I’ve said it before. Postpartum depression exists all over the world, despite what some people might have you believe.
I also believe 1 in 5 women get postpartum depression worldwide. That’s 20%, which is a hell of a lot of women. Not the oft-quoted 10%, or 15%, but TWENTY PERCENT.
And yesterday, for World Mental Health Day, the World Health Organization (WHO) reiterated that. In their media note to mark the 20th anniversary of World Mental Health Day, they specifically mentioned postpartum depression, which I thought was fantastic:
“Depression results from a complex interaction of social, psychological and biological factors. There is a relationship between depression and physical health, for example cardiovascular disease can lead to depression and vice versa. Up to one in five women who give birth experience postpartum depression.”
In a 2012 paper on depression, the WHO states, “While depression is the leading cause of disability for both males and females, the burden of depression is 50% higher for females than males (WHO, 2008). In fact, depression is the leading cause of disease burden for women in both high-income and low- and middle-income countries (WHO, 2008).” Let me repeat that: Depression is the leading cause of disease burden for women. Not diabetes. Not hypertension. Not heart disease. Not chronic obstructive pulmonary disease (COPD.) Depression. And yet, almost half of the world’s population lives in a country where, on average, there is one psychiatrist or less for every 200,000 people. There are no services. There is no help. Can you imagine?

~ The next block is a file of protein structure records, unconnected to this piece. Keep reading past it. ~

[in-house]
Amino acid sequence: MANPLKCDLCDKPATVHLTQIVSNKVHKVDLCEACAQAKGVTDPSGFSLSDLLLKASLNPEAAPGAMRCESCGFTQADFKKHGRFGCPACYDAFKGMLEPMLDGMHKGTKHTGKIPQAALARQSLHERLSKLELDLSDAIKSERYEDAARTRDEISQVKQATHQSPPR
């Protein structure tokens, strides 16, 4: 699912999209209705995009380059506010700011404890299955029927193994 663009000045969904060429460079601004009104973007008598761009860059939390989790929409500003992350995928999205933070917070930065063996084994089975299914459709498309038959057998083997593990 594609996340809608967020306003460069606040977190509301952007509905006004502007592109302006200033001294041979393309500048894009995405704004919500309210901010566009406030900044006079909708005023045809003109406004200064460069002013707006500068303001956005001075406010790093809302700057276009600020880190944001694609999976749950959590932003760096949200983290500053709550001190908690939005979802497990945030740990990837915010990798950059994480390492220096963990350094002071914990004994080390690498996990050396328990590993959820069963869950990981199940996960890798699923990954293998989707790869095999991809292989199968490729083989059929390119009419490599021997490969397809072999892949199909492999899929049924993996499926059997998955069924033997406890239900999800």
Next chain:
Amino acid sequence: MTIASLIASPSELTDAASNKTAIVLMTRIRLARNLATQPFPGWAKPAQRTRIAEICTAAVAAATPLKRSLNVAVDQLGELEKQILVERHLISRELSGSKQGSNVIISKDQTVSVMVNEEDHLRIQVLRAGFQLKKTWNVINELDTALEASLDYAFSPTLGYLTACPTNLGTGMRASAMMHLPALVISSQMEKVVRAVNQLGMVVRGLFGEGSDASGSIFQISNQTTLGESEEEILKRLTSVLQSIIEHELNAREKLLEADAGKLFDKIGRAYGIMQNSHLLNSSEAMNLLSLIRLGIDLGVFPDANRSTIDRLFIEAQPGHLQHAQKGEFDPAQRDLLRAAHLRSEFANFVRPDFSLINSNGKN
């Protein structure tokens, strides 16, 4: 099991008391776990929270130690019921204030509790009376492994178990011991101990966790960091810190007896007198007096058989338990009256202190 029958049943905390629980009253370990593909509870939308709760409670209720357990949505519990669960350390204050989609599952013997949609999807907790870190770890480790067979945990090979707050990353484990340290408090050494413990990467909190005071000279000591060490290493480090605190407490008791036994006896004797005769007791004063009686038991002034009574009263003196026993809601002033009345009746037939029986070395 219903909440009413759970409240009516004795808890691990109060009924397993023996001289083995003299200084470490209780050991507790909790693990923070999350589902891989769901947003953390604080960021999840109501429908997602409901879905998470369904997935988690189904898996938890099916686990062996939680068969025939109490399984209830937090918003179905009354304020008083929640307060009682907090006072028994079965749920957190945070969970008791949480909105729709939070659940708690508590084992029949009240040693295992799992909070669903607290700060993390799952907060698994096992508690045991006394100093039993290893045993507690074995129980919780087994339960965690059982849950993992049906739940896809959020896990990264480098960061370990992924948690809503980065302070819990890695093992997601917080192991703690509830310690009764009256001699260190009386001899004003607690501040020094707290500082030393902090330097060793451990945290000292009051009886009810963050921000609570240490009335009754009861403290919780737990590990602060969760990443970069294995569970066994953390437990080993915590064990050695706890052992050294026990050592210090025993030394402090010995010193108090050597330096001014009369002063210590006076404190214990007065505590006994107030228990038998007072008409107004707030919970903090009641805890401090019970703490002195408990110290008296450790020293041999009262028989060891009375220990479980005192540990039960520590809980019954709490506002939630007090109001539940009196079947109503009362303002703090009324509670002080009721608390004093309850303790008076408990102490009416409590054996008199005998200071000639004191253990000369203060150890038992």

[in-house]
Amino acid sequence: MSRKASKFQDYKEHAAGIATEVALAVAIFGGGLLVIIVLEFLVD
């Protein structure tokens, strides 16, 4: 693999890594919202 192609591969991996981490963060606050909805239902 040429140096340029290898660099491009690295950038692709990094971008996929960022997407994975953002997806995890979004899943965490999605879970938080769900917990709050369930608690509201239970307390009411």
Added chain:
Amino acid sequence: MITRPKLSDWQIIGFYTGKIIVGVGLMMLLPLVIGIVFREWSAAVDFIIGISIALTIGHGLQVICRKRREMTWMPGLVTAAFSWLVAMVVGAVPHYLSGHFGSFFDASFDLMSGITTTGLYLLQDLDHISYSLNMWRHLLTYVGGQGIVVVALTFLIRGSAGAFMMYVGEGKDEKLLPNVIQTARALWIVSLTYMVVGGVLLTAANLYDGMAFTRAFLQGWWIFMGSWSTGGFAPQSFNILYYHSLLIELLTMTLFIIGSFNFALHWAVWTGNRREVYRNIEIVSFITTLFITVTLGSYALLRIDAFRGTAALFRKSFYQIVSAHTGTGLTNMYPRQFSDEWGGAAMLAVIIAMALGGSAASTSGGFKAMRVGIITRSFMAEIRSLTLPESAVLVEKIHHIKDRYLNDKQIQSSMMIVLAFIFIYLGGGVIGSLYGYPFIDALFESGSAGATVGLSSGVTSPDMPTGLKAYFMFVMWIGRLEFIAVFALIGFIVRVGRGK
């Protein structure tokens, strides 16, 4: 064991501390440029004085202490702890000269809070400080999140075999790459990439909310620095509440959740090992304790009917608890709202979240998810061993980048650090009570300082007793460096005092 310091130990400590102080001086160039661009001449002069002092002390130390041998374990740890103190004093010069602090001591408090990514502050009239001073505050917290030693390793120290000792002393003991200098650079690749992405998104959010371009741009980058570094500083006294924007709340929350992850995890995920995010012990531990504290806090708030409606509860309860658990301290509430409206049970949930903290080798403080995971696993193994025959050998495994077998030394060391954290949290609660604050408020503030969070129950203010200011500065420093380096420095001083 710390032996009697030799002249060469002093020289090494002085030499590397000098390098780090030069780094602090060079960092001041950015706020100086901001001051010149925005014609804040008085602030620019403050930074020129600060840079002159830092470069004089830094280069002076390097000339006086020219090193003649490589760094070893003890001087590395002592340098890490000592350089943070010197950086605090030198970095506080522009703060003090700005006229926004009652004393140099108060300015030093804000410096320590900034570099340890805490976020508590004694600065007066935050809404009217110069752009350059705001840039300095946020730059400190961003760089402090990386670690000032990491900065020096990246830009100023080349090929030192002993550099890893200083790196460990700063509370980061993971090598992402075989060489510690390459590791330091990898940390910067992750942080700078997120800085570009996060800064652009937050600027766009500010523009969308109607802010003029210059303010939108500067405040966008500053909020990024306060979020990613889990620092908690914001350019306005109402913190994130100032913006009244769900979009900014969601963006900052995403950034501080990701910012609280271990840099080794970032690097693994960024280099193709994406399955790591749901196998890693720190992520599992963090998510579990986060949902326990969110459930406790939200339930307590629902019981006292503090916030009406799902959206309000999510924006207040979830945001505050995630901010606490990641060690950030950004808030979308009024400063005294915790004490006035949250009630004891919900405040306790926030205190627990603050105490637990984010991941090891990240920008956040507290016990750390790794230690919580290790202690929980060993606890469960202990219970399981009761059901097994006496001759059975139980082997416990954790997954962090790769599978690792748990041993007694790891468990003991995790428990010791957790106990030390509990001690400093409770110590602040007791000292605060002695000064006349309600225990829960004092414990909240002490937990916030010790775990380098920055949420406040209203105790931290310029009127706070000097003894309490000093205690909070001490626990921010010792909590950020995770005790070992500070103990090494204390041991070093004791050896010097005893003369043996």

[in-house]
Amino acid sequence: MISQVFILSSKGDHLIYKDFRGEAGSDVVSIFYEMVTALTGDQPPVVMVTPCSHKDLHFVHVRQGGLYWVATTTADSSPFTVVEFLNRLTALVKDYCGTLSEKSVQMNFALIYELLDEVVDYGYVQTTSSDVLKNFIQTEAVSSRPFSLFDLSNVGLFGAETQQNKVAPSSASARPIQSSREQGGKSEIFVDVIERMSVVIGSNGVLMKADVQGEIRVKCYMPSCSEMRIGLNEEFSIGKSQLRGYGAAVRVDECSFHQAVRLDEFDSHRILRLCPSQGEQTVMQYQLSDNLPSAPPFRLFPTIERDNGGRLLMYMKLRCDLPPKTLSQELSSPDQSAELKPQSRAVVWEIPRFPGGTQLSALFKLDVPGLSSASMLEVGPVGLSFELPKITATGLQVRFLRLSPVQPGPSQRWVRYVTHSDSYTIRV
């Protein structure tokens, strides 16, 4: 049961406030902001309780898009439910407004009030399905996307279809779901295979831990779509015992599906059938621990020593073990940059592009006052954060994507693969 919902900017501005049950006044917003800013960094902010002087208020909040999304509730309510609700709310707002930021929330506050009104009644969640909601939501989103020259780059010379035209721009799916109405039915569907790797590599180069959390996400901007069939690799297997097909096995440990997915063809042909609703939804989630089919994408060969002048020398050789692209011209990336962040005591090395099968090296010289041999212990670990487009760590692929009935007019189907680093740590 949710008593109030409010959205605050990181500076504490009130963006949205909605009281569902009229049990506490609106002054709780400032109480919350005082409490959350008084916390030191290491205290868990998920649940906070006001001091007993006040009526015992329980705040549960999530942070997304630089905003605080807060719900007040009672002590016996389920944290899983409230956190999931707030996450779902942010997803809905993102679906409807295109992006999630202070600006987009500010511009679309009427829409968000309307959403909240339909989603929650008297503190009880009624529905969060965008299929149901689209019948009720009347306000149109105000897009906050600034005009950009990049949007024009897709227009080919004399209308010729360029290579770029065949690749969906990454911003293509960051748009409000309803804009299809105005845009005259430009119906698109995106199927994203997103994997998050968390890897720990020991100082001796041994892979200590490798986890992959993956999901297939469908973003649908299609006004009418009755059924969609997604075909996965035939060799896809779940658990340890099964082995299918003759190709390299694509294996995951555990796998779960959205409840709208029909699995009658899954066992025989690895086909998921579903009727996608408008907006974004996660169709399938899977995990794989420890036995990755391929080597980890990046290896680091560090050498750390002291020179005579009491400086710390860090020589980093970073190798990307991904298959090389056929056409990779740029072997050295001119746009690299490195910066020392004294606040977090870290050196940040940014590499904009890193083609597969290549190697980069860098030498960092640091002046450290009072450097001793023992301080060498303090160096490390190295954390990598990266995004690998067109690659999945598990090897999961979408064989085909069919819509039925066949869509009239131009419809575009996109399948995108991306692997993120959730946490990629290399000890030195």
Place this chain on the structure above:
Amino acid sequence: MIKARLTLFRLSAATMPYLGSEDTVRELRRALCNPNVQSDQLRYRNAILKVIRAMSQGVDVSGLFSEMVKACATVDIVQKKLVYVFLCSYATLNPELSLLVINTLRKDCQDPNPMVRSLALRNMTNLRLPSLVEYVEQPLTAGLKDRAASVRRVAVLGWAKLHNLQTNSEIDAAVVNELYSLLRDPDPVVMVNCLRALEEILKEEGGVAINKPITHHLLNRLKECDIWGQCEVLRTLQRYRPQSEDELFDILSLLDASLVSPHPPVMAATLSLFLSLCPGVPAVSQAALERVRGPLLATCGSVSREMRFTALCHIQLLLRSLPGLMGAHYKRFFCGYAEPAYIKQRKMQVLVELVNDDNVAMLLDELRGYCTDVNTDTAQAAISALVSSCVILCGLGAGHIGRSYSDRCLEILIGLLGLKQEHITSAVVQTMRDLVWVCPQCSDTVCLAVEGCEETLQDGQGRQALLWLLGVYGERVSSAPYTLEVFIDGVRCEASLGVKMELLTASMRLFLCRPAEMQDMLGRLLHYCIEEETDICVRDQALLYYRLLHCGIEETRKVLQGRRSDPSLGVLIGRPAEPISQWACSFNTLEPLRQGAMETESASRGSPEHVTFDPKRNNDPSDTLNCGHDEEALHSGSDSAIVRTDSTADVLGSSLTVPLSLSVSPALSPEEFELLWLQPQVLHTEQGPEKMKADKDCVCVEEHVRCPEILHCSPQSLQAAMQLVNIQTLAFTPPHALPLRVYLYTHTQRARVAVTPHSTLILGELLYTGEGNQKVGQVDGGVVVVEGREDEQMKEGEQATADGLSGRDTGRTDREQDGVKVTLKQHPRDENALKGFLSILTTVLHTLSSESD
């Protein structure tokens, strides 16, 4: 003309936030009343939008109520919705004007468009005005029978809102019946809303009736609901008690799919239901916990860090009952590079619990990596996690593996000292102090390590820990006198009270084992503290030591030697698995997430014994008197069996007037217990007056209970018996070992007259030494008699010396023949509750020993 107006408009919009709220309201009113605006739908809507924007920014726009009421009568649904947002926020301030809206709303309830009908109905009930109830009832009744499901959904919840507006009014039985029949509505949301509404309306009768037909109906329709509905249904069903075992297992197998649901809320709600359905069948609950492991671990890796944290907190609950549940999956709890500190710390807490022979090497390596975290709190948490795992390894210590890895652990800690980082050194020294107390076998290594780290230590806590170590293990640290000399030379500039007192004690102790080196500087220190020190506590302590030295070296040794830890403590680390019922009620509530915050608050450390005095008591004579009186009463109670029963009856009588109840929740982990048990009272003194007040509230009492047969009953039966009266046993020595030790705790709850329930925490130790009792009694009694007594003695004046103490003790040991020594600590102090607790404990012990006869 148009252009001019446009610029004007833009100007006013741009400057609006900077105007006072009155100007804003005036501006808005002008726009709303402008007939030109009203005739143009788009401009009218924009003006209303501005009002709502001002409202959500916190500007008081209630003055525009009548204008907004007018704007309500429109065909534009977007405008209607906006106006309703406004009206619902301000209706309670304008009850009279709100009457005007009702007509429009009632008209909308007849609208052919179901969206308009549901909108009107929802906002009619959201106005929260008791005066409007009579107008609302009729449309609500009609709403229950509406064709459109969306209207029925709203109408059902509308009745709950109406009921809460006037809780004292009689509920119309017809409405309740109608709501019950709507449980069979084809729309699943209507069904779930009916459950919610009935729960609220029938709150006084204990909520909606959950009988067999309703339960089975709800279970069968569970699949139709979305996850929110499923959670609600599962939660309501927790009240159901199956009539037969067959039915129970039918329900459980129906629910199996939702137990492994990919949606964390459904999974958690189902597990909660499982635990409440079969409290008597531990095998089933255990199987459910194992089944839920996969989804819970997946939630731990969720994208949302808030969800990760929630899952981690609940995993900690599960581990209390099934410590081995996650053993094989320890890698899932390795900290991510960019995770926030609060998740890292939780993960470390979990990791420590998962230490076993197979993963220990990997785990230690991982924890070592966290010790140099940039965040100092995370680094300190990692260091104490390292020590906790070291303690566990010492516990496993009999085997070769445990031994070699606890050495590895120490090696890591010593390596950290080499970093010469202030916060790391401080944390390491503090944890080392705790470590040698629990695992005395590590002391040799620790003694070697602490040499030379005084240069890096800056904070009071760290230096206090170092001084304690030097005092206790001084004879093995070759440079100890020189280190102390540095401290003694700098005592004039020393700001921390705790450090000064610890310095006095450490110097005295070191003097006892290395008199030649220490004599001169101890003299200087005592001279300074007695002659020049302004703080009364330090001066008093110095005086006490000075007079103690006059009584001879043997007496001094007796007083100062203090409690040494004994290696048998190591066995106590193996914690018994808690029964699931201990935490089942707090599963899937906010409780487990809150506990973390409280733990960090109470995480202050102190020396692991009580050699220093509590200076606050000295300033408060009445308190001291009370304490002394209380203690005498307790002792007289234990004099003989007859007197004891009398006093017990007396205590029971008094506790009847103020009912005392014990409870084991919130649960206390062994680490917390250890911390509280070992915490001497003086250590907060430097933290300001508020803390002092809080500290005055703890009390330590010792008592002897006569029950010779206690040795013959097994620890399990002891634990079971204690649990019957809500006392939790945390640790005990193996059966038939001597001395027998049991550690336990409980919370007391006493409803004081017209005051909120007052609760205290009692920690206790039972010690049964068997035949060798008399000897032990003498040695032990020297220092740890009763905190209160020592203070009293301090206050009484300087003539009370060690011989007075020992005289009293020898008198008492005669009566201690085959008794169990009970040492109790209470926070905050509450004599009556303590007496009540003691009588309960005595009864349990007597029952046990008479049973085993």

Postpartum depression cannot be ignored. So many of the people I talk to who are carrying out maternal child health programs around the world tell me those programs do not include provisions to assess and support a new mother’s mental health. This has got to change.
And it’s not only women and PPD we should be concerned about. Today is International Day of the Girl. Much of the focus of this event is on issues — important ones — of equality, child marriage, sex trafficking and access to education. But did you know the WHO found the leading cause of disease burden among adolescents age 10-19 across the world is depression, too?
Let’s make sure our girls grow up healthy and strong in body and mind. Let’s make mental health a priority instead of an afterthought.